Pichit Virankabutra likes to stir the pot. “We are trying to disrupt how people learn and do things,” he tells me, grinning mischievously. With impeccably sharp wit and an infectious smile, Pichit speaks in bursts of energy. His conversations are punctuated with ingenious plots and schemes, and an unwavering commitment to try them all out. These qualities serve him well in his role as space development director at the Thailand Creative Design Center (TCDC), a public institution whose mission is to get people’s creative juices flowing. It helps then that TCDC is located on Charoen Krung Road, a major thoroughfare that runs parallel to the Chao Phraya River for at least 8km. It’s now the epicenter of what’s being dubbed Bangkok’s “Creative District”, an up-and-coming area of the city buzzing with new life, thanks to artists, designers, and musicians.
Ensconced in Bangkok’s former Grand Postal Building, TCDC’s stylish digs include a gorgeous library dedicated to art and design books, a hands-on material and design innovation center and unconventional, offbeat exhibitions that conspire to insert a design vocabulary into the city’s cultural dialogue. With the fervor of a mad scientist, Pichit excitedly explains TCDC’s prototype for new neighborhood signage that relies on cartoonish cat and mouse figures painted on the walls and sidewalks. The sketches show cats lazing on tree branches, slinking down an alley and chasing scurrying mice past heritage shophouses. The whimsical cat and mice chase scenes are a ploy to inspire folks to look up from their smartphones and explore the area on foot, Pichit explains.
The signs are clearly random and fun. And they’re working. Pedestrians chase the cats and mice down narrow lanes off Charoen Krung and discover the area’s abundant hidden-in-plain-sight wonders and curiosities. Cartoonish drawings are not really the stuff of highbrow design, and that is precisely why Pichit and his team are drawn to them. He likes to call this approach “design thinking” — a creative strategy that uses good design to tackle social and economic issues. And design thinking — and design doing — is accelerating in the Thai capital.
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Bangkok revels in contrasts. A megacity of nearly 20 million people, parts of the city still feel like a small village. Old-timers and hipsters, wooden shacks and skyscrapers, ultra-luxury air-conditioned malls and steamy open-air markets, noodle shops and Michelin-starred restaurants, rickshaws and BMWs — they all coexist and intermingle in its vast urban sprawl. So, when TCDC and the city’s fresh Creative District began making inroads on Charoen Krung Road, I wasn’t the least bit surprised. This is Bangkok, after all, and it made sense for the city’s unconventional artists to pitch up and cause a stir in Charoen Krung’s quiet riverside setting.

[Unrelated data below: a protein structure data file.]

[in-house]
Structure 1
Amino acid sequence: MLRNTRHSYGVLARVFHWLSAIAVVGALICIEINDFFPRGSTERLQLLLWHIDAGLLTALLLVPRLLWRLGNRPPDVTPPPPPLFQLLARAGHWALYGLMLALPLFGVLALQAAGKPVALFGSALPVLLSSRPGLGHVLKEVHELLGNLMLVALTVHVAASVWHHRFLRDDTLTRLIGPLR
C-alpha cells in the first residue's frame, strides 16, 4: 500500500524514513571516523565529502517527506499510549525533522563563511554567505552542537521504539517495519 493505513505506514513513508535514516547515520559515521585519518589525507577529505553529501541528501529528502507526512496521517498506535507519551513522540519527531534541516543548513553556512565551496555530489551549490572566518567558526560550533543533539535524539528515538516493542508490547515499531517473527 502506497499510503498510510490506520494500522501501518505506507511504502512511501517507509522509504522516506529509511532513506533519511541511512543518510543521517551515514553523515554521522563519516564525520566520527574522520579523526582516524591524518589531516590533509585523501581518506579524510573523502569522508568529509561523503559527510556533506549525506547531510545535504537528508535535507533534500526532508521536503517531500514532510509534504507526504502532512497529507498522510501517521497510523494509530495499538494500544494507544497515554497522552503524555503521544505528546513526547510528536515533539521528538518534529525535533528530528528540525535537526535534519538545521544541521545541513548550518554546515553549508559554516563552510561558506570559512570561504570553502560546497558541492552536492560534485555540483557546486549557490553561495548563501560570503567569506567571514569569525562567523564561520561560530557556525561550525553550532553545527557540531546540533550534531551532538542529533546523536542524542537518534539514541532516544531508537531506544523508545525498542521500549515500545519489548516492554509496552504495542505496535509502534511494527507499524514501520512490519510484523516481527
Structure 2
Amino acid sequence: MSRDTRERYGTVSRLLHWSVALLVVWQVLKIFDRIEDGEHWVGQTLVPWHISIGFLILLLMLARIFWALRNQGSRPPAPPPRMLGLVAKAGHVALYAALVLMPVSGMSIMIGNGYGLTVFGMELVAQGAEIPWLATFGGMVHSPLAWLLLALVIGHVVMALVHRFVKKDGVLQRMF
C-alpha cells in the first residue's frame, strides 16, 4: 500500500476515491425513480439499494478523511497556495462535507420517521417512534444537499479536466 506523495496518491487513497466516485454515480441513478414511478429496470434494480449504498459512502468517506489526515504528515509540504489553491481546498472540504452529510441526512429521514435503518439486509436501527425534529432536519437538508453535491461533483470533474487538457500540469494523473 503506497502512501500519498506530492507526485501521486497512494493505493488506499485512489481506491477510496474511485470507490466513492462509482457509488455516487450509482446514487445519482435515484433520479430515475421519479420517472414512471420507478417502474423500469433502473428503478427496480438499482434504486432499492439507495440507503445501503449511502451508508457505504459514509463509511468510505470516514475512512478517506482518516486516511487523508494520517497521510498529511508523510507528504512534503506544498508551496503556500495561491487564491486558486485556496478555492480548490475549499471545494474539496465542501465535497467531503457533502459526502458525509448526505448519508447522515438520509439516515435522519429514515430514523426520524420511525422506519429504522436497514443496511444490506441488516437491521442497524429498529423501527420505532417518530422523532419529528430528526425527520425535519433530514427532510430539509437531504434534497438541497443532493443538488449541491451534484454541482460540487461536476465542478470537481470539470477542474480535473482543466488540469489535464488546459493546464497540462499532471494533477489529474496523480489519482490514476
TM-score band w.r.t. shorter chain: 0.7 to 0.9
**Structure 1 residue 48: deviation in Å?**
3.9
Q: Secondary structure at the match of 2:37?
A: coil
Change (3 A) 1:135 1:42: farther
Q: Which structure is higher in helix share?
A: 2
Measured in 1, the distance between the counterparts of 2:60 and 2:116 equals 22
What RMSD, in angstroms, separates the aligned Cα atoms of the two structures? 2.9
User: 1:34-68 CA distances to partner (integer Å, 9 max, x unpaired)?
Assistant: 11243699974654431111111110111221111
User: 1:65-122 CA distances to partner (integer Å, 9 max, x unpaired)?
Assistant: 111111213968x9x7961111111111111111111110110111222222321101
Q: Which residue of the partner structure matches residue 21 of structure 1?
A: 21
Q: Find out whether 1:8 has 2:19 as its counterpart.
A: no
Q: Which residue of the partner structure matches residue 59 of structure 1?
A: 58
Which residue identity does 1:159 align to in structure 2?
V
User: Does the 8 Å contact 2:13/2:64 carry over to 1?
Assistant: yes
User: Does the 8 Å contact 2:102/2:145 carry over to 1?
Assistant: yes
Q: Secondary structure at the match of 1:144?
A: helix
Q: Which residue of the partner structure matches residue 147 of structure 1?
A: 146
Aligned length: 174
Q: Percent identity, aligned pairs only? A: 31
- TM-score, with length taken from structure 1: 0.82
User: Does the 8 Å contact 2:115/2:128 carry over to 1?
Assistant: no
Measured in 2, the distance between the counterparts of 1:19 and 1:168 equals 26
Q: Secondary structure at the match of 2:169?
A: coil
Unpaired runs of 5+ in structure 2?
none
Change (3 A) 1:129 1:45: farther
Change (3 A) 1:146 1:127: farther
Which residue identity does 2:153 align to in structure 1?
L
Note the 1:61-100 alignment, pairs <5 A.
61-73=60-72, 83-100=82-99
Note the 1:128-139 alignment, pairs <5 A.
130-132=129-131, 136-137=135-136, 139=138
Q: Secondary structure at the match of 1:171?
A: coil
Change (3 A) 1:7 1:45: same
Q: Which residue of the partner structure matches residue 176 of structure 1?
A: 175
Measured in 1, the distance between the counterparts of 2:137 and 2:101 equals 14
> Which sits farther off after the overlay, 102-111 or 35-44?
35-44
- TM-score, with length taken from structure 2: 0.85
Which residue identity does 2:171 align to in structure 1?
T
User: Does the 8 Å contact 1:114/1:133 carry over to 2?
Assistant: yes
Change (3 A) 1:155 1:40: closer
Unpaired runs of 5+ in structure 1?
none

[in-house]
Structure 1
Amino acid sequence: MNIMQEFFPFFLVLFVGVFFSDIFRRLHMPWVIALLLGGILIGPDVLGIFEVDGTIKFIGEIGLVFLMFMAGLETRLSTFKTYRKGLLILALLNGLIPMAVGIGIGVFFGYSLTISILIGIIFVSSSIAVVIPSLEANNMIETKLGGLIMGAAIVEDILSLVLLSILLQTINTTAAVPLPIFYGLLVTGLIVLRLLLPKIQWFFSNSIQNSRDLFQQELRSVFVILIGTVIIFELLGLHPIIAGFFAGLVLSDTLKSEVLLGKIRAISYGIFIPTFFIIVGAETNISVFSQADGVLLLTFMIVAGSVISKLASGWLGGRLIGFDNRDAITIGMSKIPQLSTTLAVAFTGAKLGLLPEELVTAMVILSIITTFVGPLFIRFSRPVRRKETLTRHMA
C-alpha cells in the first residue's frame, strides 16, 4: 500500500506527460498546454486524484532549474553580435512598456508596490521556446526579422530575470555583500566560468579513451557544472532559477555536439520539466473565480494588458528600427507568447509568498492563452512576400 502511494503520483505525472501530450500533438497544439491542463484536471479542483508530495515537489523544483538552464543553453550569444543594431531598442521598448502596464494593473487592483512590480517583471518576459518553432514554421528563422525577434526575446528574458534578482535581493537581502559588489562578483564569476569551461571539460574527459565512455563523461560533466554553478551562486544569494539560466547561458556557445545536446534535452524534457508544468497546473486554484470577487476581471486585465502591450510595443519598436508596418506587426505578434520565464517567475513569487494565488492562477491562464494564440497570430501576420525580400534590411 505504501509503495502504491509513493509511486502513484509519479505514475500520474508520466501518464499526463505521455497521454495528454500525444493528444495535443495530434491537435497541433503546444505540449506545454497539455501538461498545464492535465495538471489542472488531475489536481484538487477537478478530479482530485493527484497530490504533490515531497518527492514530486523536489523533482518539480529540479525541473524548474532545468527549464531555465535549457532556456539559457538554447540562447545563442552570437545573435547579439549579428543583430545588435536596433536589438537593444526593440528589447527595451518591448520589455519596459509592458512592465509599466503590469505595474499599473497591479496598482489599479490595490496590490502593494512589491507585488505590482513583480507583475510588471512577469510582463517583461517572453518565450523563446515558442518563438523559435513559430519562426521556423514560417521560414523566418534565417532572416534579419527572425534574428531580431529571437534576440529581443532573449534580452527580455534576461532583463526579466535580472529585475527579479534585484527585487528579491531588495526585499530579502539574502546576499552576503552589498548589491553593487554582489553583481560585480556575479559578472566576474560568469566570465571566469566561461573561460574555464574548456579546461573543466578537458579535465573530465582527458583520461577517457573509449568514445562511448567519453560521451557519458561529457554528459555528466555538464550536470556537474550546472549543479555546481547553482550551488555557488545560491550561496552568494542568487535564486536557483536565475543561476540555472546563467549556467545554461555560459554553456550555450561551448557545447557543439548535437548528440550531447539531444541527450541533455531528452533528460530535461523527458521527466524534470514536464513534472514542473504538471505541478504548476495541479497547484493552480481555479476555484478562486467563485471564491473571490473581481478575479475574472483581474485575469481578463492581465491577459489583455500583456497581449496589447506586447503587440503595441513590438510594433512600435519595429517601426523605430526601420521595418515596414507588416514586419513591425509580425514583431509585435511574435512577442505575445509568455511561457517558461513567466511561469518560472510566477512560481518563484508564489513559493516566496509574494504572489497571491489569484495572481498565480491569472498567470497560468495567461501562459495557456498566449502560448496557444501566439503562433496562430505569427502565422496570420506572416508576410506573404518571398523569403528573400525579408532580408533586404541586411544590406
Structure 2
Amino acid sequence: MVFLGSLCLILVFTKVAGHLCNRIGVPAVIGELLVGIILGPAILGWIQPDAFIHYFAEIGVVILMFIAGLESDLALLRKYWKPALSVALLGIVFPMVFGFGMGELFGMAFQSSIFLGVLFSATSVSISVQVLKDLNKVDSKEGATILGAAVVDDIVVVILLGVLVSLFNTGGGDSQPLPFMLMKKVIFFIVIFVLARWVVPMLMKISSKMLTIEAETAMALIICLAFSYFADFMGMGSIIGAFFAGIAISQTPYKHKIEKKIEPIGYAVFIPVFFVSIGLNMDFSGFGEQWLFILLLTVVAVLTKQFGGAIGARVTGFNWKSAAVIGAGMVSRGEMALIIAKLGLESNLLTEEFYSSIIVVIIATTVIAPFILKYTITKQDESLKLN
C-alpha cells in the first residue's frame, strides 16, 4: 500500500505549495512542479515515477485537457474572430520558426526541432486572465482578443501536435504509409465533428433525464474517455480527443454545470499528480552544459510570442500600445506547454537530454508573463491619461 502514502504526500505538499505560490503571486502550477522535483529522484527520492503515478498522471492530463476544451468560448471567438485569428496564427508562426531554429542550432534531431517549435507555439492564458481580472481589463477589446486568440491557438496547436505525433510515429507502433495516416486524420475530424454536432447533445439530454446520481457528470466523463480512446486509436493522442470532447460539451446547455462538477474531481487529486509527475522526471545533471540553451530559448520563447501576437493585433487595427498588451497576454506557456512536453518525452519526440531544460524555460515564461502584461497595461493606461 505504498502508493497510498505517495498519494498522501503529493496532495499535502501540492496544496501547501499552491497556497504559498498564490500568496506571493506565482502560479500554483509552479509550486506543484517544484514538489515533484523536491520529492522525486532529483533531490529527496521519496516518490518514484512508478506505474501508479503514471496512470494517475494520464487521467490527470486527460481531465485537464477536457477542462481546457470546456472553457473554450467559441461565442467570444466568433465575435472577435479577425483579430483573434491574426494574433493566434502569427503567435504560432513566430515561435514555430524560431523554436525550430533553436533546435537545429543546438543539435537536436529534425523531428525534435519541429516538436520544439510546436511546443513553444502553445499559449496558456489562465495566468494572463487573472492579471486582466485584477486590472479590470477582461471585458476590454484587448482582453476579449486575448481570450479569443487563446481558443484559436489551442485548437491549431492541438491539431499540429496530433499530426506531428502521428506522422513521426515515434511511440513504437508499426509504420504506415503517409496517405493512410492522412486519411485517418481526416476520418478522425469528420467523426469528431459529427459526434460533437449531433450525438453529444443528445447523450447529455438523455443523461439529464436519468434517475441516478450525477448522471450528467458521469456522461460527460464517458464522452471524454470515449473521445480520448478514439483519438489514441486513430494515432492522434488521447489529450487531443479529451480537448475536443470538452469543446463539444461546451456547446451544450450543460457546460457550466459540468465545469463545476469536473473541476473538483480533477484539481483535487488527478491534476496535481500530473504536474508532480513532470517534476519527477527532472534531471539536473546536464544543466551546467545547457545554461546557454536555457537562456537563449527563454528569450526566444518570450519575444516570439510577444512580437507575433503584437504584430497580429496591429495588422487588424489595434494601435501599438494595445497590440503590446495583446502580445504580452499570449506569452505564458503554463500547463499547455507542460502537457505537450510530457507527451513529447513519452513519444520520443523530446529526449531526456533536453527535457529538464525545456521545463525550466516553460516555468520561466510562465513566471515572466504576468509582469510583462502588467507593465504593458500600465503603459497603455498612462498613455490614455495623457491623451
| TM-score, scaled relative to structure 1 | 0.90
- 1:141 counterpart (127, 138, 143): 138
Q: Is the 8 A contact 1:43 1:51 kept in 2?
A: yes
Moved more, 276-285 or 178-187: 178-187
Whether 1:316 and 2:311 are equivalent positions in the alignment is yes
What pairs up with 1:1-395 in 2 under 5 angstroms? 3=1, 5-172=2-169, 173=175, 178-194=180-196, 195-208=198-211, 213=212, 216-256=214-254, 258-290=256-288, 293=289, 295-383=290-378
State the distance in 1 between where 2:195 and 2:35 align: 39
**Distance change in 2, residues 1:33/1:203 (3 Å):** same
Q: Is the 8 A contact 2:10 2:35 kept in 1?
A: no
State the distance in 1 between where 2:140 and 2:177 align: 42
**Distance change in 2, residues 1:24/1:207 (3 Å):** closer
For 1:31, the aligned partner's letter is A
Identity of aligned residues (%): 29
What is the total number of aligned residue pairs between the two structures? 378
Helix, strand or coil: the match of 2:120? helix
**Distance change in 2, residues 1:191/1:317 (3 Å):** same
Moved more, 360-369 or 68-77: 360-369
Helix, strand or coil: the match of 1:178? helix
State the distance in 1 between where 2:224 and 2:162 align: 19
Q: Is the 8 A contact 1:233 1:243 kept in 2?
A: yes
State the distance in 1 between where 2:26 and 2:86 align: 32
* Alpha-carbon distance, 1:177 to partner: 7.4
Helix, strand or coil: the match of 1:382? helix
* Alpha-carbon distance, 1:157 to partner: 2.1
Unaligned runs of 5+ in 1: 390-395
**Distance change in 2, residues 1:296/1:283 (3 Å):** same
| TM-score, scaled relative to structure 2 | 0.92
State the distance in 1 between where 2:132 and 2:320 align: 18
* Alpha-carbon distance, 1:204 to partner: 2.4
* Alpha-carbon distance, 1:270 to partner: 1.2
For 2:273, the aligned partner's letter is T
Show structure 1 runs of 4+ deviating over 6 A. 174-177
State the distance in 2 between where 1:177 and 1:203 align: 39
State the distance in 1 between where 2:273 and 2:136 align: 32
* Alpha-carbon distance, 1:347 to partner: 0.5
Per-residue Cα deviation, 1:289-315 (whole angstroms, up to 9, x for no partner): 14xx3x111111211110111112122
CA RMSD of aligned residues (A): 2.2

After its construction in the mid-1800s, Charoen Krung, Bangkok’s first major road built using modern construction methods, functioned as the city’s “Main Street”, providing Thai-Chinese merchants access to each other and to the robust commercial traffic on the river. It was home to the city’s first European quarter, and its narrow sois, or side streets, are dotted with churches and stunning examples of colonial architecture. The presence of a century-old mosque, Buddhist temples, and a Chinese shrine are a testament to the area’s rich, multicultural history.
In spite of progress, Charoen Krung remains immersed in nostalgia. Most families here have been around for generations, and there is a palpable sense of intimacy and camaraderie. Talk to any native Bangkokian, and they’ll regale you with stories of making trips to Bangrak to eat jok (rice porridge and pork balls), to shop for gems and accessories or to attend weddings at one of the area’s riverside hotels. Besides these outings, folks rarely traveled to Charoen Krung.
In 2016, the Bukruk Urban Arts Festival, a Bangkok-based arts organization, launched a street art festival in the area and invited international and local graffiti artists to paint murals in and around the Bangrak neighborhood. The colorful contemporary murals, painted on the façades of classic shophouses, provided a visual context and added credibility to the emerging hotbed of artistic expression. It came at a time when a handful of experimental art spaces and music venues were opening up in the area. Lured by affordable rents, walkable streets and access to the river and a slower pace of life, the newcomers re-energized the area with new ideas for living and working, and soon the entire zone became known by its unofficial Creative District moniker. It’s an ad hoc term that comprises little pockets of creative energy — think hip galleries, studios, eateries and bars dotting the historic thoroughfare — and typically includes Bangrak, Talad Noi and Soi Nana (a small street in Chinatown), all on Charoen Krung Road proper, and Khlong San, a riverside community directly across the river.
The addition of TCDC in 2017 amplified the area’s growth, attracting a broader demographic of locals from around the city. In October 2017, Michelin Guide Bangkok acknowledged several traditional food stalls and new eateries in the area, and the Creative District’s foodie appeal skyrocketed. Bangkok’s glitterati and partygoers now flock here to eat and drink at newly opened bars and restaurants. A number of new luxury hotels and condominiums are also in the works and will no doubt continue to draw in locals and tourists. Long-time residents, meanwhile, are entertained by all the fuss and welcome the increased foot traffic and additional sales.
“At this point the Creative District is more about mood and atmosphere,” remarks Thanan Lilaonitkul, a Bangkok-based writer who co-directs the newly formed Creative District Foundation (CDF), a non-profit founded by private citizens — many of whom are local artists, architects and hoteliers — who are trying to formalize the term and bring some clarity to what it means. “The District belongs to no one, and anyone can take part in shaping it,” he continues, adding the importance of bringing a unified voice between Charoen Krung’s long-time residents and businesses and the new arrivals.